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‘Bittersweet Winds’ examines pop-culture stereotyping of Indians


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Images that reflect outright stereotyping will be displayed alongside more accurate portrayals of Native American people and culture in a touring exhibit open for public viewing this week at the University of Wisconsin-Green Bay.

The exhibit “Bittersweet Winds,” subtitled “Honor and Prejudice: Perspectives of the Native American World,” will be on display from 9 a.m. to 7 p.m. both Tuesday and Wednesday (Nov. 30 and Dec. 1) in Phoenix Room B of the University Union. The exhibit will be accompanied by documentary screenings, a gallery talk and a panel discussion, all taking place in Phoenix Room B.

The collection is the work of educator and activist Richie Plass, a Menominee/Stockbridge-Munsee who has been a prominent spokesperson as Wisconsin policymakers have taken up the issue of American Indian cultural history and the use of race-based mascots. The campus visit by Plass and his exhibit is organized by the Intertribal Student Council organization at UW-Green Bay.

The schedule of public events:

Tuesday, Nov. 30

9 a.m. to 7 p.m. – Exhibit is open
9:30 a.m. – Screening of one-hour Teen Connection by Wisconsin Public Television on “Indian Mascots”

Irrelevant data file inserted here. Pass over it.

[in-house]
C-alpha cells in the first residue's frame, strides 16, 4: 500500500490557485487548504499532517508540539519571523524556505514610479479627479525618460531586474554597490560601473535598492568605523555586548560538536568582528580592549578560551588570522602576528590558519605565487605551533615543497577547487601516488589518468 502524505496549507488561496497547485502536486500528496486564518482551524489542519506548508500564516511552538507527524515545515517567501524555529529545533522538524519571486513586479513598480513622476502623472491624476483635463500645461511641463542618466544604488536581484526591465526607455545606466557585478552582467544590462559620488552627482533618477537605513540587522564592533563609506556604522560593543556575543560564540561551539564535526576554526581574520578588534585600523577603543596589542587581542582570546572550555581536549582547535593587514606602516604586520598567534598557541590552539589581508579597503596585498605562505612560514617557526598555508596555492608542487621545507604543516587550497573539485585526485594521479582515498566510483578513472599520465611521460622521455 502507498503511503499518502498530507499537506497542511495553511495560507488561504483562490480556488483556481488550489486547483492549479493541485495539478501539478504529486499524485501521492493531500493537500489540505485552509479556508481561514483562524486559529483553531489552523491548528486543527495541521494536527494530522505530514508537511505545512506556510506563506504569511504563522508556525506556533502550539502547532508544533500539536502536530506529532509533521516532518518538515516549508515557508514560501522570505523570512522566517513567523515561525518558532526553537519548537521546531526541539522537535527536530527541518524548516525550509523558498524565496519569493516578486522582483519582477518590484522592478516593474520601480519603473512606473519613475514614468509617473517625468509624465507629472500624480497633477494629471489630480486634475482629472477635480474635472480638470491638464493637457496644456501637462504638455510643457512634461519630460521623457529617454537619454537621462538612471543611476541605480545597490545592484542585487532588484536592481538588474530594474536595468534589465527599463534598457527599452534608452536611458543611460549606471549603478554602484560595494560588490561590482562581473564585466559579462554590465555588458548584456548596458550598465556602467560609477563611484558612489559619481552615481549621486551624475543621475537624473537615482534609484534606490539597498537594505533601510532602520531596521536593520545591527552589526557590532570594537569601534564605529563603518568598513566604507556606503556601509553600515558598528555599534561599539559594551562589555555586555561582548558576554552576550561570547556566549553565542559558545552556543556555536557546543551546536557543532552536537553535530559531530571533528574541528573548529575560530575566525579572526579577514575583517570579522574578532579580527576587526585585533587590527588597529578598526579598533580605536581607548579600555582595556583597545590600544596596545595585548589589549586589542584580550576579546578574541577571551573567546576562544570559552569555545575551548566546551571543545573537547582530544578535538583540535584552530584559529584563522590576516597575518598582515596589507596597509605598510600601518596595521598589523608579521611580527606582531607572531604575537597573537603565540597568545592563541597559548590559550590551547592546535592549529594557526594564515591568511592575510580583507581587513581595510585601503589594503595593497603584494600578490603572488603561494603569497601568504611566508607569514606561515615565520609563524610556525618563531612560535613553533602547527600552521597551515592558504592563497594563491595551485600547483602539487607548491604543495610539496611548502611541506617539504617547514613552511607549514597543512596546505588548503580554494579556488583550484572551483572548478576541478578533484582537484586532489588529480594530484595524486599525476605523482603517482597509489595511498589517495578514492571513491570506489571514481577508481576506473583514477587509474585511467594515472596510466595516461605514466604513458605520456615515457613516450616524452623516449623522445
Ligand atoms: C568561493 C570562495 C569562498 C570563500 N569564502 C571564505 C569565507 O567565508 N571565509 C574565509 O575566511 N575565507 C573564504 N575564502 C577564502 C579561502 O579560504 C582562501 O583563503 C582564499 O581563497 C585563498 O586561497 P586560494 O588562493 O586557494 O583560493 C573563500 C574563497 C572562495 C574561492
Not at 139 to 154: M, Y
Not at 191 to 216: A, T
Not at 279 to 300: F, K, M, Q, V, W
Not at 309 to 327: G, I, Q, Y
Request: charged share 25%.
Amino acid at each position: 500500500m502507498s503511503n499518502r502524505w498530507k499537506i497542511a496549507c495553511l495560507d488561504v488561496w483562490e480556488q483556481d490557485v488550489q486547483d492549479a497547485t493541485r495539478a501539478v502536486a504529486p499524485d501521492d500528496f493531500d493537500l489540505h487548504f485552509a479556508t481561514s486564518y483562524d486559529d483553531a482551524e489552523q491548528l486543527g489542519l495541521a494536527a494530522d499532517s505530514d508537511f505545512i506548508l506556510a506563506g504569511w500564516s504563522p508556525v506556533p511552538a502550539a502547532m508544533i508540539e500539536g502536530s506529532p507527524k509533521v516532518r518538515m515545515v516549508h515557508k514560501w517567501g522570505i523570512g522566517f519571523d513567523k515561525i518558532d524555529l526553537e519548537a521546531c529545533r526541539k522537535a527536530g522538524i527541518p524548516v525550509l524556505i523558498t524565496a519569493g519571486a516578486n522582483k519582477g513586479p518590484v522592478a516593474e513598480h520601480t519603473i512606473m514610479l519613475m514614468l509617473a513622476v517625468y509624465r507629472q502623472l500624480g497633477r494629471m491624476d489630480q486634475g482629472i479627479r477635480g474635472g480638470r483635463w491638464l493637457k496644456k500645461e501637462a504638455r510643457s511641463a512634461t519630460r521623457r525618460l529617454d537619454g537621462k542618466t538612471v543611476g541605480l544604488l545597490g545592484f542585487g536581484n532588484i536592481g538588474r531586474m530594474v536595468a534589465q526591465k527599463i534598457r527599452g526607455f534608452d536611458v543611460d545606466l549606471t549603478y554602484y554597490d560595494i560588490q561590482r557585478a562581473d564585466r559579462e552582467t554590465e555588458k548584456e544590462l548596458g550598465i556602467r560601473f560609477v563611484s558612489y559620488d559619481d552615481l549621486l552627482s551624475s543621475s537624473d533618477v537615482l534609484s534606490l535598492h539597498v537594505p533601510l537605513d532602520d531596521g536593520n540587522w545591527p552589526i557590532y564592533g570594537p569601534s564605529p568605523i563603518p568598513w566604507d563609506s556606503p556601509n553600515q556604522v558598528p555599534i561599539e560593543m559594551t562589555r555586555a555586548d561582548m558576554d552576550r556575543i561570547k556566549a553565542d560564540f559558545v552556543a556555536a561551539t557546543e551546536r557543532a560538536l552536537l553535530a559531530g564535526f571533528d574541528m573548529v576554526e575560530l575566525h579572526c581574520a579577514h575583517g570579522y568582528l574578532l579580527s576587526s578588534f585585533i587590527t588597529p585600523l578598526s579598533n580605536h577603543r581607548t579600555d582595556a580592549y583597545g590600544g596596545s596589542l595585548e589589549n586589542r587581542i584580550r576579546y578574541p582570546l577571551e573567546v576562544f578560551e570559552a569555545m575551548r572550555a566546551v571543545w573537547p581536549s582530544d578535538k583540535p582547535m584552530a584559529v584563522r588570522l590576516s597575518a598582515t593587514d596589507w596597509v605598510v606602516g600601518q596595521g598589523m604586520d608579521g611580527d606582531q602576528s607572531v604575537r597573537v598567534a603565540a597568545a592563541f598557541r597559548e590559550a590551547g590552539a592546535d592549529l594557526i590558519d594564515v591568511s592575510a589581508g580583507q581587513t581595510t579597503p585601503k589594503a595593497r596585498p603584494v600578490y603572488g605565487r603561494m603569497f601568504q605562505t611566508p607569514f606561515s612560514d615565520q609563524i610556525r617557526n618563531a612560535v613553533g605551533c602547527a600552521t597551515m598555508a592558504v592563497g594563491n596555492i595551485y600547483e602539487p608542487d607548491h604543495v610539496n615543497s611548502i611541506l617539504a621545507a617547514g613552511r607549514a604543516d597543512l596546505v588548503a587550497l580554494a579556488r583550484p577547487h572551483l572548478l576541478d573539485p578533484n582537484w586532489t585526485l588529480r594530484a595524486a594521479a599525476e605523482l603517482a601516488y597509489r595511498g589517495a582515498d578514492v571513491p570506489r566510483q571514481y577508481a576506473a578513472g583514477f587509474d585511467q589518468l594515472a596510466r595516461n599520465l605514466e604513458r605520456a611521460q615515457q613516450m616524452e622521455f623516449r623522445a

12:15 p.m. – A 45-minute guided tour and gallery talk by Richie Plass
1:30 p.m. – Screening of the one-hour PBS documentary In the White Man’s Image about forced removal to government boarding schools
3:30 p.m. – Faculty panel discussion of the recent presidential proclamation that the Friday following Thanksgiving is designated “National Native Heritage Day” and that November is native heritage month
5 p.m. – Screening of 67-minute DVD, WaWHO? Nothing is Sacred, which takes on the Cleveland Indians’ grinning “Chief Wahoo” character and similar race-based mascots

Wednesday, Dec. 1

9 a.m. to 7 p.m. – Exhibit is open
9:30 a.m. – Screening of In the White Man’s Image
Noon – Guided tour
1:30 p.m. – Screening of Indian Mascots
3 p.m. – Screening of 15-minute video Native America: Diversity within Diversity
4 p.m. – Screening of the one-hour video  Hanto Po – An Historical Photographic Essay on the American Indian Movement

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